CGRect _f = self.mainPostText.frame;
_f.size.height = self.mainPostText.contentSize.height;
self.mainPostText.frame = _f;

It fixes the "extra line" problem on 6+.

  • 2
    You saved my day. I was struggling with selfCalculating class function extension forgetting about this. Thank You.
    – Lukasz
    Jan 5, 2011 at 10:52
  • 4
    Aha! I was setting text view height and then adjusting the height of the containing view. Apparently when I did that the text view height was being adjusted. Setting the containing view height first makes things work as expected (or, better, hoped for).
    – Hot Licks
    Jun 23, 2011 at 17:52
  • 11
    Using [_textView sizeToFit] refreshes the contentSize property, removing the requirement to add it to the scrollView beforehand.
    – Rodrigo
    Nov 22, 2011 at 2:15
  • 1
    If using autolayout, call layoutIfNeeded on the superview. Then you can grab the height from contentSize.
    – phatmann
    May 21, 2013 at 4:46
  • 4
    It's about resizing the outer container though. That behavior has changed in iOS 7. I show in the linked question where to add sizeToFit and layoutIfNeeded. Oct 21, 2013 at 6:25

Very easy working solution using code and storyboard both.

By Code

textView.scrollEnabled = false

By Storyboard

Uncheck the Scrolling Enable

enter image description here

No need to do anything apart of this.

  • 5
    This answer is correct. In StoryBoard you have the TextView AutoSize just like a UILabel. All we need to do is set scrollEnabled=false.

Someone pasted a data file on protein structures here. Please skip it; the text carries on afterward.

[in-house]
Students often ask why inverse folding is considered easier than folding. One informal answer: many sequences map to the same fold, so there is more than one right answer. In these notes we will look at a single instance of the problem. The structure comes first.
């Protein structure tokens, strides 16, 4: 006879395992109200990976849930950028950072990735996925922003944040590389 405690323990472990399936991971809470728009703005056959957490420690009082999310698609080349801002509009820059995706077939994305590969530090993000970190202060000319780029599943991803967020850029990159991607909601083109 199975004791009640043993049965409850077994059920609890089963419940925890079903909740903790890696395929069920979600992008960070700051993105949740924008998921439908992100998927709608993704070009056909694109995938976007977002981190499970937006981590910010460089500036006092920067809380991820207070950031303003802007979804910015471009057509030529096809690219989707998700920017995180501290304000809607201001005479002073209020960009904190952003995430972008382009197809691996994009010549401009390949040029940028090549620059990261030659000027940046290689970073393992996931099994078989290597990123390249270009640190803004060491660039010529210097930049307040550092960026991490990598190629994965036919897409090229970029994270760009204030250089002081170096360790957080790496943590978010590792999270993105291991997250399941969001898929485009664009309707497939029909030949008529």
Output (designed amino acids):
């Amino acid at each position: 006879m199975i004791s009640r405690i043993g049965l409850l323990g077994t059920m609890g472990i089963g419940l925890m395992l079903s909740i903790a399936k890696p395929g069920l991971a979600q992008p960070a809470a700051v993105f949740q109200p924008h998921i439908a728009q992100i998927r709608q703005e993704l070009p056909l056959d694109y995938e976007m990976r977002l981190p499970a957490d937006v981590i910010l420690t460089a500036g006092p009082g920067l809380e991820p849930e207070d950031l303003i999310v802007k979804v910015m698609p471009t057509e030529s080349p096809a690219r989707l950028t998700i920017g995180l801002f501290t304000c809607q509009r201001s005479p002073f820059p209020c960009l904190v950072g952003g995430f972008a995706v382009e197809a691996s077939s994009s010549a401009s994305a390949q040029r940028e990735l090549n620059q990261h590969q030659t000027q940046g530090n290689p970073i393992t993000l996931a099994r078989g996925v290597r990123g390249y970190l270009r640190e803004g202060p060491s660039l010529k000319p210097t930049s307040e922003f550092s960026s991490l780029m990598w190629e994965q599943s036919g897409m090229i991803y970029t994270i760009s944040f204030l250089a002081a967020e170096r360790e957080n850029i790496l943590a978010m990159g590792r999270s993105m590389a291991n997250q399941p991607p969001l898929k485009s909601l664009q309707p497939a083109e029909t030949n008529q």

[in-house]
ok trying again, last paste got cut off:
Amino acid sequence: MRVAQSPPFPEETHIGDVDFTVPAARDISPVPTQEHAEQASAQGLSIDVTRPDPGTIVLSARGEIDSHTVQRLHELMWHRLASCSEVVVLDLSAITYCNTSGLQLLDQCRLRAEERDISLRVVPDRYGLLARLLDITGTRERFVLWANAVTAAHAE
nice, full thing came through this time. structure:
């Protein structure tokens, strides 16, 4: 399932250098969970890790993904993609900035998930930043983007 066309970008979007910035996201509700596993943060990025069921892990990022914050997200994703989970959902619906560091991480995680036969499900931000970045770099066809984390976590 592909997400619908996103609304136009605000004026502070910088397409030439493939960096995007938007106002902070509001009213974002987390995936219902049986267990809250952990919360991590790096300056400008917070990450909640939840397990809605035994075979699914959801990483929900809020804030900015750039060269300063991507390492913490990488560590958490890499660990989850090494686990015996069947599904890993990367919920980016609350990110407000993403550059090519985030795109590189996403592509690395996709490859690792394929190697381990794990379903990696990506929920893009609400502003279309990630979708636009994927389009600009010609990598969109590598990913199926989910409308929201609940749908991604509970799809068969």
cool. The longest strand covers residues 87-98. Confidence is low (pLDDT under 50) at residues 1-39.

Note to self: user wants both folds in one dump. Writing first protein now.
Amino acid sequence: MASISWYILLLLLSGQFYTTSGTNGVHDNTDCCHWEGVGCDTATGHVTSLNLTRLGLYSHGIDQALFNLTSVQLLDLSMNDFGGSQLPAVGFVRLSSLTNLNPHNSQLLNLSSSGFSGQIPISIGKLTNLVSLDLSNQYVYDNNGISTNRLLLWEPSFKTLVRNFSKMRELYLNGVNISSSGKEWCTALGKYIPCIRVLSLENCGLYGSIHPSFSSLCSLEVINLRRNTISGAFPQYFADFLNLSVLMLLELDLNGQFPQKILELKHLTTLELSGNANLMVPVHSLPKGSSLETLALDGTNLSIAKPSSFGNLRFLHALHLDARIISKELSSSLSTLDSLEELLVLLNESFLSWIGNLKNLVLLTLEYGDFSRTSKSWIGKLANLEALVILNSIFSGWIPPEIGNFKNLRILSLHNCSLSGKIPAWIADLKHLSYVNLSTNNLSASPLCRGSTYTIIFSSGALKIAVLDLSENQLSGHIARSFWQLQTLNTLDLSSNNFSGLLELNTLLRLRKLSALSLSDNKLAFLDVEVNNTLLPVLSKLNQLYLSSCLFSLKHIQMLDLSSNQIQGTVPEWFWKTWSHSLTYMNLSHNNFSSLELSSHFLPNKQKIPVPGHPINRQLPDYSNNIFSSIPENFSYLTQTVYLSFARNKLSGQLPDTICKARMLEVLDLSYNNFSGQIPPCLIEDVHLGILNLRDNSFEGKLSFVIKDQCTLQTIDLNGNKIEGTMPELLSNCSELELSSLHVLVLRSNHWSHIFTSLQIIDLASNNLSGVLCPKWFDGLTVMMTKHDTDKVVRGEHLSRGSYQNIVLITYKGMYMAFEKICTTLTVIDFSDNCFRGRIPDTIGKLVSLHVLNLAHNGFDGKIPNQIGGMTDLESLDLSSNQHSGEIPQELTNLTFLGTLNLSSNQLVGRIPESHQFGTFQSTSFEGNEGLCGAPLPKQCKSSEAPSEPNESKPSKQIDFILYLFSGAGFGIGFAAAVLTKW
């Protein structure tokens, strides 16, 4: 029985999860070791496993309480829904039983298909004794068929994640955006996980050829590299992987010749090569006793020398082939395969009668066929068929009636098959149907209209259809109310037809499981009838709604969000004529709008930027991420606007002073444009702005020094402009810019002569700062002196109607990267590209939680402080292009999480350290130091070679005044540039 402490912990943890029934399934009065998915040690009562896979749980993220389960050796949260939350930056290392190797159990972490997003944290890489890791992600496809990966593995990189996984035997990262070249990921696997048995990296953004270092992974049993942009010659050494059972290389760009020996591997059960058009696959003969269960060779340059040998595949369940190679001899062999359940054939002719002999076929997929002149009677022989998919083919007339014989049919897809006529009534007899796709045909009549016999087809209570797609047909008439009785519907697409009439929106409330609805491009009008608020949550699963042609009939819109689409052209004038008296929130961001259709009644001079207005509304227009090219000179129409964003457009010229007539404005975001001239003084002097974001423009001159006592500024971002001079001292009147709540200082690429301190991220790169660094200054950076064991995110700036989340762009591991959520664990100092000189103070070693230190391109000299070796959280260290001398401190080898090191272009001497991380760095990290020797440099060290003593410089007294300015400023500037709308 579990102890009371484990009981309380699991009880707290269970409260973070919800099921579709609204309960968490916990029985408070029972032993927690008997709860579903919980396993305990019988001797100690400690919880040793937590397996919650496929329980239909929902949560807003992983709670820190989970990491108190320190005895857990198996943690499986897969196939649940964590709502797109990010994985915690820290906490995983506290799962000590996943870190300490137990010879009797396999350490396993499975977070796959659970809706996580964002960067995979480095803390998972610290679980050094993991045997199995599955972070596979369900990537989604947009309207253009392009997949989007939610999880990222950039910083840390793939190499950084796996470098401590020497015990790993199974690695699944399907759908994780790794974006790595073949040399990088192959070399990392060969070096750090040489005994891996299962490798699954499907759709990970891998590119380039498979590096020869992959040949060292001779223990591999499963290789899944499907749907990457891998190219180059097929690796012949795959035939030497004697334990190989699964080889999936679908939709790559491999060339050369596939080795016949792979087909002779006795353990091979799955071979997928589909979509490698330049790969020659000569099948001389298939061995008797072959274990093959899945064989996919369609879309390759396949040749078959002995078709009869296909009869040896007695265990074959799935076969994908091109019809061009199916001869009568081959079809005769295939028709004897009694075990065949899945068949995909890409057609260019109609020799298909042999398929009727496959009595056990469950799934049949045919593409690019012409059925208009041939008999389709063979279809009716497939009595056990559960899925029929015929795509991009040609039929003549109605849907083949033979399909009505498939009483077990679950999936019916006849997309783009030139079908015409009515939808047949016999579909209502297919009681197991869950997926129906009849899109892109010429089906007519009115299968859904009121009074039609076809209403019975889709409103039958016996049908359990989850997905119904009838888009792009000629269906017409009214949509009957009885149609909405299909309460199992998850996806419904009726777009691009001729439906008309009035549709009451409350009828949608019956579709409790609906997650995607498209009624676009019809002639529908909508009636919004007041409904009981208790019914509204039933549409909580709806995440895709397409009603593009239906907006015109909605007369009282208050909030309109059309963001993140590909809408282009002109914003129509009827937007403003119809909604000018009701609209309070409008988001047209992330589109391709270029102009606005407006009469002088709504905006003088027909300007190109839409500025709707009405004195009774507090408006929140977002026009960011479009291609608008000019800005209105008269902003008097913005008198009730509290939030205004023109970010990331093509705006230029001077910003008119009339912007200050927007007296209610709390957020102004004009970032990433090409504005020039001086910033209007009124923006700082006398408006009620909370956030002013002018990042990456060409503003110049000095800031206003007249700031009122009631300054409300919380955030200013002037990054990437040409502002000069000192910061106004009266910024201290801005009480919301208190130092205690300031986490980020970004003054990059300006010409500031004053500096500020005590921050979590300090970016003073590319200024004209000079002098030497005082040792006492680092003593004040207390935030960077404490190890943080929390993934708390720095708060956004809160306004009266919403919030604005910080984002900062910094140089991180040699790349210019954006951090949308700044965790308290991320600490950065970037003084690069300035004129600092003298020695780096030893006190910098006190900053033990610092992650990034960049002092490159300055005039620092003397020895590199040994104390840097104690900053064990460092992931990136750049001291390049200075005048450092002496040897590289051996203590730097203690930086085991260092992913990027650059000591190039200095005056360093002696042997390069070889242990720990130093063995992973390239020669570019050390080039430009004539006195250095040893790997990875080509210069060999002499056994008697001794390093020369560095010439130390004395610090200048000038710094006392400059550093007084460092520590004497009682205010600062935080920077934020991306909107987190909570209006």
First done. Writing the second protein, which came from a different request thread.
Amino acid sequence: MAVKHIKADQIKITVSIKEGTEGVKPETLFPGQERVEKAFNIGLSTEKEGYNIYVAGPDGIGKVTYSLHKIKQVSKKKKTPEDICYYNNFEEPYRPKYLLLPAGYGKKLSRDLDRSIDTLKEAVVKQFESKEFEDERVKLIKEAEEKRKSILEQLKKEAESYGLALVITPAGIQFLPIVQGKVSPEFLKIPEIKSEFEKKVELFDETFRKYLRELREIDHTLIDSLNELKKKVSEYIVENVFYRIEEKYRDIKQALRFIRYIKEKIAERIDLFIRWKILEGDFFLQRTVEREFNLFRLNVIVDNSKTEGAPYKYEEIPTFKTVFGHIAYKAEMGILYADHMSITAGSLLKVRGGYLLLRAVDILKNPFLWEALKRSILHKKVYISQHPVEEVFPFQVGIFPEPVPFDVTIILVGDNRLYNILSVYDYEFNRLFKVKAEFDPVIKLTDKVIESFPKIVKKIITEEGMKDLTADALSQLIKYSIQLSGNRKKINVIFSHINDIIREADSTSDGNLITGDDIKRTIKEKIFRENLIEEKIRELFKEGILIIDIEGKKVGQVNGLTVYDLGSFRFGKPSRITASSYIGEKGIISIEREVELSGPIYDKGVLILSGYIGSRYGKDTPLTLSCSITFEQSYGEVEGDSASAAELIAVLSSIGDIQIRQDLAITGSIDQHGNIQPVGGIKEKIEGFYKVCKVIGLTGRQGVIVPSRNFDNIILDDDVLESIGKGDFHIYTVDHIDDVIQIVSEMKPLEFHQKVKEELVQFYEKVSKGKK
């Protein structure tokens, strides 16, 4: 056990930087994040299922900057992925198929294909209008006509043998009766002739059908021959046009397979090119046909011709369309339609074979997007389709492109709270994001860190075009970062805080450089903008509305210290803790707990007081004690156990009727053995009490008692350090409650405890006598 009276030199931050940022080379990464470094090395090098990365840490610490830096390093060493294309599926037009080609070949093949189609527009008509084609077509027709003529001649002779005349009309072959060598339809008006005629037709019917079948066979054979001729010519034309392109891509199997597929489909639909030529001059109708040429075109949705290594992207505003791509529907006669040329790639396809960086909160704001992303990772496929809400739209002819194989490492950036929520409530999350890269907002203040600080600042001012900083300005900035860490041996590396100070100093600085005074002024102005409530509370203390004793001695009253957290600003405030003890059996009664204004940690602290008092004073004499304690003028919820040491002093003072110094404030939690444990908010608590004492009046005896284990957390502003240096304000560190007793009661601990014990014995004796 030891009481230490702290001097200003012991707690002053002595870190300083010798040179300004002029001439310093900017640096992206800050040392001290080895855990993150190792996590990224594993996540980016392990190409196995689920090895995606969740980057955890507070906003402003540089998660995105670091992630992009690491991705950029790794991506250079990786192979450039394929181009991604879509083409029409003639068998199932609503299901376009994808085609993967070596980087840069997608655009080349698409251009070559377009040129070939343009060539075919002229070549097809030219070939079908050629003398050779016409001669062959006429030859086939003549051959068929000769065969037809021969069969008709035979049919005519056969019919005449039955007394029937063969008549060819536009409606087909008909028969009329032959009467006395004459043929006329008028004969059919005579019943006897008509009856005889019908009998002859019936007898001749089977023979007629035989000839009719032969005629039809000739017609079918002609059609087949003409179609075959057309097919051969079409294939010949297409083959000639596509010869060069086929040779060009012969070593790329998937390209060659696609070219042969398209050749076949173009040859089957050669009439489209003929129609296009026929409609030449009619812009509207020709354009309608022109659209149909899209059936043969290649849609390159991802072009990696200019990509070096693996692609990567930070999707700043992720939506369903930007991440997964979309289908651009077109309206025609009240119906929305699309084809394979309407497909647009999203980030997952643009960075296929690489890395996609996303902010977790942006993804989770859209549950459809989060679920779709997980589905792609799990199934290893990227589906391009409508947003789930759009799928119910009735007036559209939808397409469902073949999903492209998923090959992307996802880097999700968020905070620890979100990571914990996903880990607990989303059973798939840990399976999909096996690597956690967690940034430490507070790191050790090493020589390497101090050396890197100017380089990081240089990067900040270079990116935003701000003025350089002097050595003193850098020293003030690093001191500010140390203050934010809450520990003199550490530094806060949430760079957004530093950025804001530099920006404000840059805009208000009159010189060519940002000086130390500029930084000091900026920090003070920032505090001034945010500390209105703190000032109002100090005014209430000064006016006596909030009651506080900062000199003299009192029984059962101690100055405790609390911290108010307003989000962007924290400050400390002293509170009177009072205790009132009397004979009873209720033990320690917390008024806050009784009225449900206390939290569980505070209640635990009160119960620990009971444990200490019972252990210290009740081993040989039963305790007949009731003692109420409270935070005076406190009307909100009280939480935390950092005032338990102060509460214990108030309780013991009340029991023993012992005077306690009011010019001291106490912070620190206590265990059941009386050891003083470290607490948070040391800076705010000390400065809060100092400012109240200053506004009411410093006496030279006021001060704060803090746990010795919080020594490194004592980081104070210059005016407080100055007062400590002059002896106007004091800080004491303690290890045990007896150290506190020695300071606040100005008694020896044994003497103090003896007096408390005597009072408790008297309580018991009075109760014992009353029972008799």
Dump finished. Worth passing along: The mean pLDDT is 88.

– pnavk
    Aug 12, 2016 at 21:01
  • 4
    Essentially, this is correct: if you are using Autolayout constraints and shut off scrolling, the whole thing works. Apr 10, 2017 at 14:38
  • 3
    Thanks a lot. It was that simple, just disable scrolling in storyboard or code, it will be like UILabel with lines 0.
    – samir105
    Mar 10, 2018 at 7:24
  • @Mansuu.... This isn't a guaranteed solution, as there are things that you can do to override the intrinsic content size, and if you change the text after the view is laid out it won't update unless you set that up, too. But, those things remain true for setting numberOfLines = 0 on a textfield, too. If this doesn't work, you probably have other constraints that will implicitly set a height.
    – Jake T.
    Jul 5, 2018 at 17:15
  • 3
    @iOS if you are adding height constraint then make constraints priority lower otherwise it will not work.
    – Alok
    Aug 28, 2018 at 7:21


The key thing you need to do is turn off scrolling in your UITextView.

myTextView.scrollEnabled = @NO

Original Answer

To make a dynamically sizing UITextView inside a UITableViewCell, I found the following combination works in Xcode 6 with the iOS 8 SDK:

  • Add a UITextView to a UITableViewCell and constrain it to the sides

  • Set the UITextView's scrollEnabled property to NO. With scrolling enabled, the frame of the UITextView is independent of its content size, but with scrolling disabled, there is a relationship between the two.

  • If your table is using the original default row height of 44 then it will automatically calculate row heights, but if you changed the default row height to something else, you may need to manually switch on auto-calculation of row heights in viewDidLoad:

     tableView.estimatedRowHeight = 150;
     tableView.rowHeight = UITableViewAutomaticDimension;

For read-only dynamically sizing UITextViews, that’s it. If you’re allowing users to edit the text in your UITextView, you also need to:

  • Implement the textViewDidChange: method of the UITextViewDelegate protocol, and tell the tableView to repaint itself every time the text is edited:

     - (void)textViewDidChange:(UITextView *)textView;
         [tableView beginUpdates];
         [tableView endUpdates];